KubeCon North America 2021 is over, but the recordings are now online! Every talk you wanted to attend and couldn’t is available on YouTube, so here’s some highlights—cloud native trends, updates from projects and SIGs, and a few of my favorite talks!
The Cloud Engineering Summit 2021 is coming up fast, and the speakers are out! To get you ready to attend, let’s take a look at the sessions for the Build track.
The Cloud Engineering Summit’s three tracks are built around three concepts: Build, Manage, and Deploy. I’m Kat Cosgrove, and I was responsible for selecting your speakers for the Build track! For us, that means building cloud applications and infrastructure with Modern Infrastructure as Code using general purpose programming languages. We embrace the fact that modern cloud applications have blurred the lines between the application and the infrastructure, and that success requires at least some level of proficiency in both. Whether you’re full stack or lean more towards one area, all cloud engineers apply a software engineering mindset and practices to building and testing applications and the underlying cloud infrastructure. This includes using standard programming languages, applying software principles such as reusability and abstractions and testing, and leveraging the rich ecosystem of software development tools.
Without further ado, let’s take a look at each of the talks I’ve selected for you!
Snowflake support is here! Pulumi’s new Snowflake Provider gives you the ability to easily set up cloud storage and manage your connections to Snowflake, right alongside the rest of your code.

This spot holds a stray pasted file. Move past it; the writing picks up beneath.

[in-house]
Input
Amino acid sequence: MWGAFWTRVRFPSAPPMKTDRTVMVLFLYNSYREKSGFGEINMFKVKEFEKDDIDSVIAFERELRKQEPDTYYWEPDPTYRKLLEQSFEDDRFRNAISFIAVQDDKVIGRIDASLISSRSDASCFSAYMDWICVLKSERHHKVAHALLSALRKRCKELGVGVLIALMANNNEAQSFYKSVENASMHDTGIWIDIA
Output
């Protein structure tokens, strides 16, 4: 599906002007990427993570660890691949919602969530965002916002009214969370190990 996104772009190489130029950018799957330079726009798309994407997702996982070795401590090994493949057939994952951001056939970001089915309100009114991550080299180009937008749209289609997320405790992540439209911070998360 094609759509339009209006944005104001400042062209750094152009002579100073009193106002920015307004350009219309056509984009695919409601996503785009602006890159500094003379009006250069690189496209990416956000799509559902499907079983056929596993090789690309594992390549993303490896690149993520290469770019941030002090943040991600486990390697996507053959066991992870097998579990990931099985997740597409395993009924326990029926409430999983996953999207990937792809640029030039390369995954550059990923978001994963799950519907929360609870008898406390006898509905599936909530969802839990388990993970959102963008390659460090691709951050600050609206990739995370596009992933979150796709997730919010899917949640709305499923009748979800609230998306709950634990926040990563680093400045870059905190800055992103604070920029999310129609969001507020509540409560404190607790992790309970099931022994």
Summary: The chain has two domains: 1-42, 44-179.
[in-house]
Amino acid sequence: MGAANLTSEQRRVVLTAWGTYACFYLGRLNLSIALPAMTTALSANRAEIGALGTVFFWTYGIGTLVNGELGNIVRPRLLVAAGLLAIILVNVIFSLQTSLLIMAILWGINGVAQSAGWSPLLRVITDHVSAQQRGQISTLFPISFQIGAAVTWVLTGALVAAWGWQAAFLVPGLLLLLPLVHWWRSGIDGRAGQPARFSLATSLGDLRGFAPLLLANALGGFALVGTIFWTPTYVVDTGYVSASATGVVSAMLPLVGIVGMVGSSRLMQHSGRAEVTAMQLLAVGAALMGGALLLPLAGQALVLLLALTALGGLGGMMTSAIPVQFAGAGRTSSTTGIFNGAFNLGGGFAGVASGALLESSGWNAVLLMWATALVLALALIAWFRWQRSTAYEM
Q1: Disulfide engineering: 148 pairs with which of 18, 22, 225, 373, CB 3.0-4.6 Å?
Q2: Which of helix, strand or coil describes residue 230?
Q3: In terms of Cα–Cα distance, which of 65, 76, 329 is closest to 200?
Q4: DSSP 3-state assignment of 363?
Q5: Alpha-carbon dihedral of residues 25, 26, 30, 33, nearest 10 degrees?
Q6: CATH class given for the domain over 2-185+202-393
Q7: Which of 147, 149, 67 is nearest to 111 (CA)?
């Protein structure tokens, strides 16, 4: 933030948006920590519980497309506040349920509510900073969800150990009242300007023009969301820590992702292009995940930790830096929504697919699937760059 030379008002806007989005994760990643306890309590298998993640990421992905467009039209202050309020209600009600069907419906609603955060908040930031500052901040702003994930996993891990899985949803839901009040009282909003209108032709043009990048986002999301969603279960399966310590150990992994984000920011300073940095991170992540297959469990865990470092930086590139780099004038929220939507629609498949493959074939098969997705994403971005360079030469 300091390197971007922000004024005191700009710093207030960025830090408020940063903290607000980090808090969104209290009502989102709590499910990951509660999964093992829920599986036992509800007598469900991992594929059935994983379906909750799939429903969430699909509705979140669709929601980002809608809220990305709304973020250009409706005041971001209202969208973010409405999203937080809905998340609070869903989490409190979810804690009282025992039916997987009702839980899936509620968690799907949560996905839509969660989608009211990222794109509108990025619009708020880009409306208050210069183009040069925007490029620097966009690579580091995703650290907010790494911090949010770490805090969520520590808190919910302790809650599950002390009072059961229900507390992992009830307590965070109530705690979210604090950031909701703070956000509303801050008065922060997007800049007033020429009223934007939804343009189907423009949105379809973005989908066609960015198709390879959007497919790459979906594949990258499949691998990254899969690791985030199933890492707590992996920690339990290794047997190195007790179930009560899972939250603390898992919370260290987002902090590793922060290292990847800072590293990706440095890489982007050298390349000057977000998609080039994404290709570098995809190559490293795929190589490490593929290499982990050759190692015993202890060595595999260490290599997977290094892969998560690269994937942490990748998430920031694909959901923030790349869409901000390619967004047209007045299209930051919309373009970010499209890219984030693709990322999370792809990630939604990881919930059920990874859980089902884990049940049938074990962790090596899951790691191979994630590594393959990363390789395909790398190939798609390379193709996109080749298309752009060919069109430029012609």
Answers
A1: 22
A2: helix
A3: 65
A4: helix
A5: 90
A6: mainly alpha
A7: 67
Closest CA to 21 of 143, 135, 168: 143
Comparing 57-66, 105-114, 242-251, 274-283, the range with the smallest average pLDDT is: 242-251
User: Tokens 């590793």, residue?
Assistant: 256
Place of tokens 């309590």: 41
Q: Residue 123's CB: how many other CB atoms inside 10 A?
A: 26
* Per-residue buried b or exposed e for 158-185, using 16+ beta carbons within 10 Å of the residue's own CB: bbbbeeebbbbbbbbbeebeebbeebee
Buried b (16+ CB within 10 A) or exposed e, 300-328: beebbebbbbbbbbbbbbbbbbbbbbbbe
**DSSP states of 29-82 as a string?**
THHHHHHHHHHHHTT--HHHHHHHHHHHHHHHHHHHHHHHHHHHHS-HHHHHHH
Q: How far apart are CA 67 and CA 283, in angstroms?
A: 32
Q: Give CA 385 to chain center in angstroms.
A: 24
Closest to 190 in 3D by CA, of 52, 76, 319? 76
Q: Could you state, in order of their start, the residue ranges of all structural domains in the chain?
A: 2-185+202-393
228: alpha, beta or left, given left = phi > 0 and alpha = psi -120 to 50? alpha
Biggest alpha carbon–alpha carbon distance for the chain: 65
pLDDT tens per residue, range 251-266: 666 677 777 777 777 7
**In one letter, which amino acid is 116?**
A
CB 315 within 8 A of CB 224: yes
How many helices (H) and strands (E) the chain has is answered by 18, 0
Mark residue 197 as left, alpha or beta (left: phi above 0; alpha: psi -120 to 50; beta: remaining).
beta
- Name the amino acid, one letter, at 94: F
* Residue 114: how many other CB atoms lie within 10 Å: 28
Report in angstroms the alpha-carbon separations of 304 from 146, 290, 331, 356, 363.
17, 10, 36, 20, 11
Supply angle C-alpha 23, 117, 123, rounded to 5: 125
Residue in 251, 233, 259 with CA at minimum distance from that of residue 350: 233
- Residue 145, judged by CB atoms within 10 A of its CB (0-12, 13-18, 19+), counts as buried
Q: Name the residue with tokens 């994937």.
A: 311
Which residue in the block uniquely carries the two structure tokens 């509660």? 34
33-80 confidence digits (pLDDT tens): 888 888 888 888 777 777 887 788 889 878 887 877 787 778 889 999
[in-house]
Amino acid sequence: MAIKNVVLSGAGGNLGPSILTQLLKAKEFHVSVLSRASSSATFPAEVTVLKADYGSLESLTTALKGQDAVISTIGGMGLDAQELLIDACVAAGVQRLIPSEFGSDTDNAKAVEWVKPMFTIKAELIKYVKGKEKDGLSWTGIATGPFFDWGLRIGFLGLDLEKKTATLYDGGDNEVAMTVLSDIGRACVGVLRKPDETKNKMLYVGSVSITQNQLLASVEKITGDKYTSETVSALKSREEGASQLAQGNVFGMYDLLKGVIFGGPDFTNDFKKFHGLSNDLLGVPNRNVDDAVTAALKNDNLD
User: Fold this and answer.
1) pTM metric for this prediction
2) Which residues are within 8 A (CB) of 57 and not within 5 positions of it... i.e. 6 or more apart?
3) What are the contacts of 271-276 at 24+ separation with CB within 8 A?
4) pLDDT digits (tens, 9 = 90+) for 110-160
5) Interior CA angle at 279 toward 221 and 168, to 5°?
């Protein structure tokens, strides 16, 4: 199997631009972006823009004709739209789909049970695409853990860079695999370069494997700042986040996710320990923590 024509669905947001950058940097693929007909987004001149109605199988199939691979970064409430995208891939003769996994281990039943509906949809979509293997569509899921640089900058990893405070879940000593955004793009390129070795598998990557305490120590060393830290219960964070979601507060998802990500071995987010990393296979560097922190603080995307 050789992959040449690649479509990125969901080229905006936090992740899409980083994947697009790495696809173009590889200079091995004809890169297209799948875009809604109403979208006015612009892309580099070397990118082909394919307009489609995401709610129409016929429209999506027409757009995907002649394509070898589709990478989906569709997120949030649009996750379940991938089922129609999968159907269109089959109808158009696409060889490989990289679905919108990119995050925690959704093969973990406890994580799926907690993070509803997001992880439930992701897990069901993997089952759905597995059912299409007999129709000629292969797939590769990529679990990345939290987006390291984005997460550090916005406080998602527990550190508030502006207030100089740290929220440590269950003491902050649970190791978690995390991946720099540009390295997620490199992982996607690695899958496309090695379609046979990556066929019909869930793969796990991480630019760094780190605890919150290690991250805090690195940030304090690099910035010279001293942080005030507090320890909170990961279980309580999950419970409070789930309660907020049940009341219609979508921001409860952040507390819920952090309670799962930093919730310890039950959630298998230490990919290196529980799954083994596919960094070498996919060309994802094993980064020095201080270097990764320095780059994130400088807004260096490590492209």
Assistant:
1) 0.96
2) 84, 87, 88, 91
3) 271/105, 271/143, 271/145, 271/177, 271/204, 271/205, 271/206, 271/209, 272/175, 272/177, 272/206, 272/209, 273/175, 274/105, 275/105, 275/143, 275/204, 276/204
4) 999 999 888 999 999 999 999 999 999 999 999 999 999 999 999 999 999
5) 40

Kubernetes is everywhere now, but it’s primarily been the domain of people working on the ops side of infrastructure. What about devs, though? You benefit from knowing what Kubernetes is and how to use it, too—otherwise, we’re still putting teams in silos. In this blog, we’re going to build off part one by learning about managed Kubernetes services: what they are, when they’re useful, and how you can try deploying to one yourself, starting with Google’s Kubernetes Engine (GKE).
Kubernetes is everywhere now, but it’s primarily been the domain of people working on the Ops side of infrastructure. What about devs, though? You benefit from knowing what Kubernetes is and how to use it, too – otherwise, we’re still putting teams in silos. In this tutorial, we’re going to define Kubernetes at a high level, talk about the anatomy of a cluster, and learn not just why you should care but how to try it for yourself. We’ll start with local deployments using YAML before getting a little help from infrastructure as code with Pulumi to stand up everything right inside our sample application in a programming language you’re already writing!